The leasing standard changes unveiled with the Financial Accounting Standards Board (FASB) Accounting Standards Update No. 2016-02, Leases (Topic 842) will change the way many organizations account for their leases. In addition to modifying the lessee and lessor accounting models, the new standard also introduces changes to the accounting model for sale-leaseback transactions, as well as other leasing concepts. Organizations with leasing arrangements should take note of how the changes will affect their lease accounting processes.
Sale and Leaseback Accounting
A sale and leaseback transaction involves the transfer of an asset by an entity (called the seller-lessee) to another entity (the buyer-lessor) and the leaseback of that same asset by the seller-lessee. Sale and leaseback transactions are frequently seen with real estate—the seller-lessee sells its property to a buyer-lessee, and then rents it back from the buyer-lessee for a contracted period of time.
The practice may be less desirable for the seller-lessee than in the past because lessees must now recognize all leases except short-term leases on their balance sheet. As such, sale and leaseback transactions will no longer provide lessees with a source of off-balance sheet financing. In addition, sale and leaseback accounting will be the same for all assets, which does away with the real-estate-specific guidance in current U.S. Generally Accepted Accounting Principles (GAAP).
Accounting for sale and leaseback transactions received an update with the new leasing standard in part because of the changes to revenue recognition. A seller-lessee and a buyer-lessor will use ASC Topic 606, Revenue from Contracts with Customers, to determine whether a sale has occurred by evaluating whether a transaction meets the definition of a contract, as well as determining when an entity satisfies the performance obligation in the transaction to transfer the control of an asset. The concepts of ASC Topic 606 are used even if the seller-lessee and the buyer-lessor have not adopted the new revenue recognition standard yet.
If a sale has occurred, the seller-lessee will recognize gain or loss immediately in accordance with the new revenue recognition standard. The buyer-lessor will account for the purchase of the asset under ASC Topic 360, Plant, Property and Equipment. Then, both the seller-lessee and buyer-lessor will classify and account for the leaseback as a lease in accordance with the new leasing standard, just like any other lease that is evaluated.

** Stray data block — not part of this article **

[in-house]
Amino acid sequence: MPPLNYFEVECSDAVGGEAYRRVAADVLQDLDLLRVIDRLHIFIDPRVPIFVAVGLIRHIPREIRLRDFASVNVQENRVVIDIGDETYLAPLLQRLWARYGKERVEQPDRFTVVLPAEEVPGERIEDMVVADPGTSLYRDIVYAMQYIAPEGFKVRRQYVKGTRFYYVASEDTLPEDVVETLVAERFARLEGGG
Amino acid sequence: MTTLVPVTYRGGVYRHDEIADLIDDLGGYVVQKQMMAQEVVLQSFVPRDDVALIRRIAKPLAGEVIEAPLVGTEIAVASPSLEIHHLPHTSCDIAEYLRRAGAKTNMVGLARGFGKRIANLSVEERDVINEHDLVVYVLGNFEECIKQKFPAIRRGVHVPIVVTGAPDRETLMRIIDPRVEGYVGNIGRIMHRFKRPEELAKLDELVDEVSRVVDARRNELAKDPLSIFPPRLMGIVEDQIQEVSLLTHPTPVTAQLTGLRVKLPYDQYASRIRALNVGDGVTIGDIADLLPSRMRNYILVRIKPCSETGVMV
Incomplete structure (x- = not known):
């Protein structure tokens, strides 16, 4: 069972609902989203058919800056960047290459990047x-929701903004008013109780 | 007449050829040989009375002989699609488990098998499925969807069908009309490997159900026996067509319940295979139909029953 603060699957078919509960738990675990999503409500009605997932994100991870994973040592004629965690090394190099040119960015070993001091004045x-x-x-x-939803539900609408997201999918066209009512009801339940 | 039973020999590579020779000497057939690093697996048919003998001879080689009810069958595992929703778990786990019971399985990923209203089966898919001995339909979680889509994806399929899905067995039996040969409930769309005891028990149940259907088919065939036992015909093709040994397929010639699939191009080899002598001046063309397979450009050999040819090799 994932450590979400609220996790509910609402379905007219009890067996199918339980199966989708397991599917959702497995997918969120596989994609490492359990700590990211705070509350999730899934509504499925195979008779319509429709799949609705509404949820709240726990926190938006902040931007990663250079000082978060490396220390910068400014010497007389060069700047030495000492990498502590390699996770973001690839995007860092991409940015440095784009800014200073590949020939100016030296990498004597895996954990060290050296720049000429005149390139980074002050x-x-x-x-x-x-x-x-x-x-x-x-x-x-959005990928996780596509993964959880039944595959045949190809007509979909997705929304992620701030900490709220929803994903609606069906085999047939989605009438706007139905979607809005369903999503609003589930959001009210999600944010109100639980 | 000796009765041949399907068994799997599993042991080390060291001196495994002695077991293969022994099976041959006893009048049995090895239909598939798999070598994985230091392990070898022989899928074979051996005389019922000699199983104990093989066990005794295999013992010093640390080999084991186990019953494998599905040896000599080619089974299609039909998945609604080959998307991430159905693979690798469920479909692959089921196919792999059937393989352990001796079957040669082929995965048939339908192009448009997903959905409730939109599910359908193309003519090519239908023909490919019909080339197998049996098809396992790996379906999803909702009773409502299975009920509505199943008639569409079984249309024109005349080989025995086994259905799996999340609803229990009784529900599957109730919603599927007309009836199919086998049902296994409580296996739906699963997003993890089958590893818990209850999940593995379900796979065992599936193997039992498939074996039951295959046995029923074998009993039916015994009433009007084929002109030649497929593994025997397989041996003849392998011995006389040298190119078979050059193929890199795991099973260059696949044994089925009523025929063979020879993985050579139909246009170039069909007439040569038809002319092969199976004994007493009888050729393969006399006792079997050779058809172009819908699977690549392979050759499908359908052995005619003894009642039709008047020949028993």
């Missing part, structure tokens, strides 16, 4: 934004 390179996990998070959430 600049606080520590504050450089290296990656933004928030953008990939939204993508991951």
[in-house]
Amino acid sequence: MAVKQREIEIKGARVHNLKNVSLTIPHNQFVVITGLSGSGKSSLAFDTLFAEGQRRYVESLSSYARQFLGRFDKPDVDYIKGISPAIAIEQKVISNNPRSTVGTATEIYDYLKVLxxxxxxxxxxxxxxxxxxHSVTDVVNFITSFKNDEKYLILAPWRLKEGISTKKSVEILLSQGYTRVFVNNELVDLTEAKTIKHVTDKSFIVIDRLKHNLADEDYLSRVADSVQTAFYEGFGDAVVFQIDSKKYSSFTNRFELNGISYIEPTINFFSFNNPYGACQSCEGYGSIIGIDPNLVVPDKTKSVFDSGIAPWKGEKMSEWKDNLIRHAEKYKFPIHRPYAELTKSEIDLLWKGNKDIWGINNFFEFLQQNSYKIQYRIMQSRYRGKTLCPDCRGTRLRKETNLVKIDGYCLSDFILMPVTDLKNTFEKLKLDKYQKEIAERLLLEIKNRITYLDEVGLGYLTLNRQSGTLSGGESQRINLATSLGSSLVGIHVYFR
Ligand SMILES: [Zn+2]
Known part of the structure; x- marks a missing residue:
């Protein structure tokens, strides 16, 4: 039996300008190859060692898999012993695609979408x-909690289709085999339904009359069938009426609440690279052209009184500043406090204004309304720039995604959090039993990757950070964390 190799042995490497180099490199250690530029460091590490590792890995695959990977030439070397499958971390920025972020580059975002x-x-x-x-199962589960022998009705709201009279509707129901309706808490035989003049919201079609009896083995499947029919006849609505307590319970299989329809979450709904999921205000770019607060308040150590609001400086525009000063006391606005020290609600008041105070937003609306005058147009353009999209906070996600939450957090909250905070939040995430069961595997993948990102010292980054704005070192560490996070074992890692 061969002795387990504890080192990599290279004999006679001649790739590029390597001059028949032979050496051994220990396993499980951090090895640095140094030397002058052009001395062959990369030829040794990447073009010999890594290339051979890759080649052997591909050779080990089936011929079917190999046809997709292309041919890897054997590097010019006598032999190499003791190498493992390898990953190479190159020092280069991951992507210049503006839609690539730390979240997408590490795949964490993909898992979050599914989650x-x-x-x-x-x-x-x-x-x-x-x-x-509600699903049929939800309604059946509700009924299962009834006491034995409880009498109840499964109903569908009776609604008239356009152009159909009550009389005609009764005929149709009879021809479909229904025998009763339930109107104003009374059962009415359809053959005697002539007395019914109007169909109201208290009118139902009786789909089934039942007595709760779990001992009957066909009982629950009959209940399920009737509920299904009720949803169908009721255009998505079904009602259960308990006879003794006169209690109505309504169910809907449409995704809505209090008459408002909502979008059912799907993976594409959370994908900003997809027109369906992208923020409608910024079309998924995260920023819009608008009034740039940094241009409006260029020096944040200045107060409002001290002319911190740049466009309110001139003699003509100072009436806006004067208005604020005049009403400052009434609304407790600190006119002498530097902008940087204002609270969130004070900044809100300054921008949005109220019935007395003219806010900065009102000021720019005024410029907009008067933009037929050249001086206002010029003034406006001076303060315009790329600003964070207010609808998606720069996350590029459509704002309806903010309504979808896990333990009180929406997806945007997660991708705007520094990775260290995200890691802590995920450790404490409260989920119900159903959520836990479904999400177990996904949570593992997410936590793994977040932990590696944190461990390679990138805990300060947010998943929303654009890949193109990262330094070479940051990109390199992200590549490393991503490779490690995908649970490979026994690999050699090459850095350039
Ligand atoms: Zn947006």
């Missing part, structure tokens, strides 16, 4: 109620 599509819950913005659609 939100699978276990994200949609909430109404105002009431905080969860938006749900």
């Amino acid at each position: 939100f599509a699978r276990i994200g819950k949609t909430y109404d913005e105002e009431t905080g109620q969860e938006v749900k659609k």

When a transaction is negotiated with a sales price that is above or below the asset's fair value and with lease payments that are above or below market rates, the off-market adjustments impact the accounting of the sale and leaseback. Below-market terms increase the sales price and initial measurement of the right-of-use asset and should be accounted for as a lease prepayment. Above-market terms decrease the sales price and should be recorded as additional financing received separately from the lease liability.
If a sale has not occurred, the seller-lessee and buyer-lessor will not record the transfer of the asset. Instead, the seller-lessee will recognize a financial liability equal to the proceeds received. The buyer-lessor will record a receivable equal to the amounts paid. It is important to note that the existence of a leaseback, in isolation, does not preclude a sale. A sale is precluded if:
- The leaseback is classified as a finance lease under lessee accounting or a sales-type lease under lessor accounting; or
- The seller-lessee has a repurchase option (subject to the exception below).
There is an exception to the repurchase option sale-preclusion. If the option is only exercisable at the prevailing fair market value at the time of the lease's commencement and the lease asset is non-specialized, then the sale is not precluded. There should be alternate assets substantially similar to the transferred assets that are readily available in the marketplace. The FASB observed that a real estate asset is generally not substantially the same as any other real estate asset because, by its nature, real estate is unique. As a result, repurchase options with the sale and leaseback of real estate would likely not constitute a sale.
Lessee Involvement in Construction ('Build-to-Suit' Transactions)
The leasing standard provides guidance on when a lessee's involvement during the construction of an underlying asset makes the lessee, in substance, the owner of the asset during the construction period. The old model was based on a risk approach that used quantitative and qualitative considerations. The new model is based on control. The following are some examples of circumstances that demonstrate that the lessee controls an underlying asset that is under construction before the commencement date of the lease: